\let\aleph\relax\let\beth\relax
\let\gimel\relax\let\daleth\relax

\DeclareMathSymbol{\aleph}{\mathord}{alephbet}{"E0}
\DeclareMathSymbol{\beth}{\mathord}{alephbet}{"E1}
\DeclareMathSymbol{\gimel}{\mathord}{alephbet}{"E2}
\DeclareMathSymbol{\daleth}{\mathord}{alephbet}{"E3}
\DeclareMathSymbol{\he}{\mathord}{alephbet}{"E4}
\DeclareMathSymbol{\vav}{\mathord}{alephbet}{"E5}
\DeclareMathSymbol{\zayin}{\mathord}{alephbet}{"E6}
\DeclareMathSymbol{\het}{\mathord}{alephbet}{"E7}
\DeclareMathSymbol{\tet}{\mathord}{alephbet}{"E8}
\DeclareMathSymbol{\yod}{\mathord}{alephbet}{"E9}
\DeclareMathSymbol{\kaf}{\mathord}{alephbet}{"EB}
\DeclareMathSymbol{\lamed}{\mathord}{alephbet}{"EC}
\DeclareMathSymbol{\mem}{\mathord}{alephbet}{"EE}
\DeclareMathSymbol{\nun}{\mathord}{alephbet}{"F0}
\DeclareMathSymbol{\samech}{\mathord}{alephbet}{"F1}
\DeclareMathSymbol{\ayin}{\mathord}{alephbet}{"F2}
\DeclareMathSymbol{\pe}{\mathord}{alephbet}{"F4}
\DeclareMathSymbol{\tsadi}{\mathord}{alephbet}{"F6}
\DeclareMathSymbol{\qof}{\mathord}{alephbet}{"F7}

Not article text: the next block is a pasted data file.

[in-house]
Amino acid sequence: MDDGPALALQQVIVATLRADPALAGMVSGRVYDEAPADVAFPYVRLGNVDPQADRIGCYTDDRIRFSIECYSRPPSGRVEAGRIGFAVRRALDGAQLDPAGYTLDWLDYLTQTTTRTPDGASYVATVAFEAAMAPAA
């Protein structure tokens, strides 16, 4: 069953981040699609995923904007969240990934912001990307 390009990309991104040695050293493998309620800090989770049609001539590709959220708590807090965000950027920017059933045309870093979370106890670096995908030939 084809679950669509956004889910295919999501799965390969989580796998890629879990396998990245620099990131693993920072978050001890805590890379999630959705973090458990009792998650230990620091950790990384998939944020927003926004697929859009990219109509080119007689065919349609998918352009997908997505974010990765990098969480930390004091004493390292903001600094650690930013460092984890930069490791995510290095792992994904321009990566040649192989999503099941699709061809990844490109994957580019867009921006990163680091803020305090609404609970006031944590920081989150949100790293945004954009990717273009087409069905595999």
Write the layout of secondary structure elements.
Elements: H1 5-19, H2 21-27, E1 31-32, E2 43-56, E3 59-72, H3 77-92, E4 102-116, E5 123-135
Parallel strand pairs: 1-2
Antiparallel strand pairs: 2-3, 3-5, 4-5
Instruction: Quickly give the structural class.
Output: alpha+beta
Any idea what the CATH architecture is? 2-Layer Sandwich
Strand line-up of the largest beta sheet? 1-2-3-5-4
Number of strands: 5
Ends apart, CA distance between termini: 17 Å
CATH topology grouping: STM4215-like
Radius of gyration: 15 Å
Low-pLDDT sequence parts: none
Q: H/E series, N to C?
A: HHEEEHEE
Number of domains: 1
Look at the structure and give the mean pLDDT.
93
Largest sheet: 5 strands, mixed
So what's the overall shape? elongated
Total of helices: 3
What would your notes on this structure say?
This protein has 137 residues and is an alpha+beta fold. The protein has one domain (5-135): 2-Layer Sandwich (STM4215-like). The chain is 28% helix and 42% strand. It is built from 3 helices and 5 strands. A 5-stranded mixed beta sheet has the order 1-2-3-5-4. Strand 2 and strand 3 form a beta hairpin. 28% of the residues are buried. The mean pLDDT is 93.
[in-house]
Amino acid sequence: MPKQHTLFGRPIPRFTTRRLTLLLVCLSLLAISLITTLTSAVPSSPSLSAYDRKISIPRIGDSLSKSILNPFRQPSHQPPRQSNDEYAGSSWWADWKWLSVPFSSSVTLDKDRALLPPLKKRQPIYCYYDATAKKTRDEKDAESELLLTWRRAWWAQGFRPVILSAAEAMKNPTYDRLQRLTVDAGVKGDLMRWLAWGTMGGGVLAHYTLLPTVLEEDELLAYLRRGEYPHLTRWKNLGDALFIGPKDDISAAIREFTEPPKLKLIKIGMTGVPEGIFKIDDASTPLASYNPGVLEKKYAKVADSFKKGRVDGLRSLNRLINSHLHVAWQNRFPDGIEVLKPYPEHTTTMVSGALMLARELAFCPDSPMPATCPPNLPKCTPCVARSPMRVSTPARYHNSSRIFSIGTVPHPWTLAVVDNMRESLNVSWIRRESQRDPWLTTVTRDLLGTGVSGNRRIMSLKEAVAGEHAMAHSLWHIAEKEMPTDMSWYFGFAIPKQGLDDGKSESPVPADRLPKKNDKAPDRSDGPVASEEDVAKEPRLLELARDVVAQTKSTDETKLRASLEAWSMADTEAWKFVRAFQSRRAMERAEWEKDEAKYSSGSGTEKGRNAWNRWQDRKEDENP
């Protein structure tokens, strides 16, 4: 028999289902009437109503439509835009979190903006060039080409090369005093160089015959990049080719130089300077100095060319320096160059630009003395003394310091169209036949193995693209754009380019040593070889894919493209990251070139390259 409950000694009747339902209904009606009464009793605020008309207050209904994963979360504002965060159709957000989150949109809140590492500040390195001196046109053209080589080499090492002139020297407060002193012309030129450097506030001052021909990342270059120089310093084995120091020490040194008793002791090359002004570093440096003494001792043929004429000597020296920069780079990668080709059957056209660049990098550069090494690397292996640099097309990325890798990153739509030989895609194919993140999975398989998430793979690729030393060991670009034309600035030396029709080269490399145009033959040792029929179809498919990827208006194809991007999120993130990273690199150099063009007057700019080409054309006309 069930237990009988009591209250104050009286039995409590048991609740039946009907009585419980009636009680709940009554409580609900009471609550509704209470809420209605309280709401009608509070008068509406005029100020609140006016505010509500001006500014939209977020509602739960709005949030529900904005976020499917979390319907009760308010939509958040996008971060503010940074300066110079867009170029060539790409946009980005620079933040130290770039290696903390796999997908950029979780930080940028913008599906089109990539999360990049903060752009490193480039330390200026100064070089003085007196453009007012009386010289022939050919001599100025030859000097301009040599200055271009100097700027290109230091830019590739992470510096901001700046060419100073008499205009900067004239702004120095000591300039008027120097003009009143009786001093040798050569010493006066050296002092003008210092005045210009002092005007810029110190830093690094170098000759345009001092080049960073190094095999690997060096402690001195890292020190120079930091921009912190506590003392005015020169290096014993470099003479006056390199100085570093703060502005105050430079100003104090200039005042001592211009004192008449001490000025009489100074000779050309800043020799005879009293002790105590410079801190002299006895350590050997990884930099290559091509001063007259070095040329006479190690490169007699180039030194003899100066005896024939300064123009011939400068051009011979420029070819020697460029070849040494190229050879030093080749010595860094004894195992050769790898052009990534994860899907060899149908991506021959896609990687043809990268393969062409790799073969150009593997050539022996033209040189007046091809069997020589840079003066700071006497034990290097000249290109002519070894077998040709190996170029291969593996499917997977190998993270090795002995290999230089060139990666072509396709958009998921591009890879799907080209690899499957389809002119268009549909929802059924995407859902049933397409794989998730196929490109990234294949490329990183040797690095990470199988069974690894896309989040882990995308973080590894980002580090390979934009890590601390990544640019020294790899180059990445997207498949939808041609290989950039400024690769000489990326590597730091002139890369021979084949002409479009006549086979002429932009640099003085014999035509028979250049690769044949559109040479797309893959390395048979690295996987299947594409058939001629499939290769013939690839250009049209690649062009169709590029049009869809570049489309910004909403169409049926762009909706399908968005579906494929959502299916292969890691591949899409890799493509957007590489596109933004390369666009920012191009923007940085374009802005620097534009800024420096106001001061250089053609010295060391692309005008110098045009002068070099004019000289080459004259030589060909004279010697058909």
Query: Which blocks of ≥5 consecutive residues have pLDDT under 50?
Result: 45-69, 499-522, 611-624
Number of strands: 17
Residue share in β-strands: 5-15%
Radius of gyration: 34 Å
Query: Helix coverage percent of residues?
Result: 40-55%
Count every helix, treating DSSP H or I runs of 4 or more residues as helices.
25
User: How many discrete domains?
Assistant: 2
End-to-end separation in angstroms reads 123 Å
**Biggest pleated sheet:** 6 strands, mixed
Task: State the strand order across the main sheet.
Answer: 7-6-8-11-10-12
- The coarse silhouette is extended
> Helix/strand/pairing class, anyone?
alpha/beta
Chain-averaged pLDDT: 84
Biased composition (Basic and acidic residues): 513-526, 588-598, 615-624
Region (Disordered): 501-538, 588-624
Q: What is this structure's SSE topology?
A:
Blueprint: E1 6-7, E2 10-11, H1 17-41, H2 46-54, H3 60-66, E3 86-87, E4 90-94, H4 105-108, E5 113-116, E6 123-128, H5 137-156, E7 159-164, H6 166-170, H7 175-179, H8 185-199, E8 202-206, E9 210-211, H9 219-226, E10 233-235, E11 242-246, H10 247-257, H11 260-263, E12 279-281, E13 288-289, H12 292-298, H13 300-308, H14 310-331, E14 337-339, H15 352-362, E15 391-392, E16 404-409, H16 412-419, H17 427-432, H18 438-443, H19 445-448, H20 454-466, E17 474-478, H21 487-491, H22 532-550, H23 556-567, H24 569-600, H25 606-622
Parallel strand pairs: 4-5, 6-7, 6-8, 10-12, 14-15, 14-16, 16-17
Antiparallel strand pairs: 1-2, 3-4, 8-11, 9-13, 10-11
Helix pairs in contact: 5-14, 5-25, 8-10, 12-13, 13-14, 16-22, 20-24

\DeclareMathSymbol{\resh}{\mathord}{alephbet}{"F8}
\DeclareMathSymbol{\shin}{\mathord}{alephbet}{"F9}
\DeclareMathSymbol{\tav}{\mathord}{alephbet}{"FA}


\begin{document}

Now I can use $A_\shin$, $\shin$ or $B^\shin$.

{\bfseries\boldmath Also, $A_\shin$, $\shin$ or $B^\shin$.}

$X\aleph\beth\gimel\daleth\he\vav\zayin\het\tet\yod\kaf\lamed\mem\nun\samech\ayin\pe\tsadi\qof\resh\shin\tav X$

\end{document}

Frank Ruehl sample

To install the package, decompress the files to your local TeX tree, then run

texhash
updmap-sys --enable Map=culmus.map

I used Frank Ruehl for this example, but many other fonts are supported.

In LuaLaTeX or XeLaTeX, it is probably more convenient to switch to text mode and use an OpenType font. (Although it is also possible to declare Hebrew letters from a Unicode-encoded symbol font.) In this example, I use Libertinus Serif with Libertinus Math:

\documentclass{article}
\usepackage{Libertinus} % For example

\newcommand\vav{\textup{\rmfamily\symbol{"05D5}}} % ו
\newcommand\shin{\textup{\rmfamily\symbol{"05E9}}} % ש

\begin{document}
\section*{The Symbol \(\shin\)}

\( f(t) \cdot \shin \)
\end{document}

Libertinus Serif sample

The hex codes here are the Unicode codepoints of the Hebrew letters.

You can insert any text-mode commands within \textup or \textnormal, including switching to a Hebrew font that you load with fontspec.

If you need so many symbol alphabets that you’re using Hebrew, you will not run out if you use unicode-math.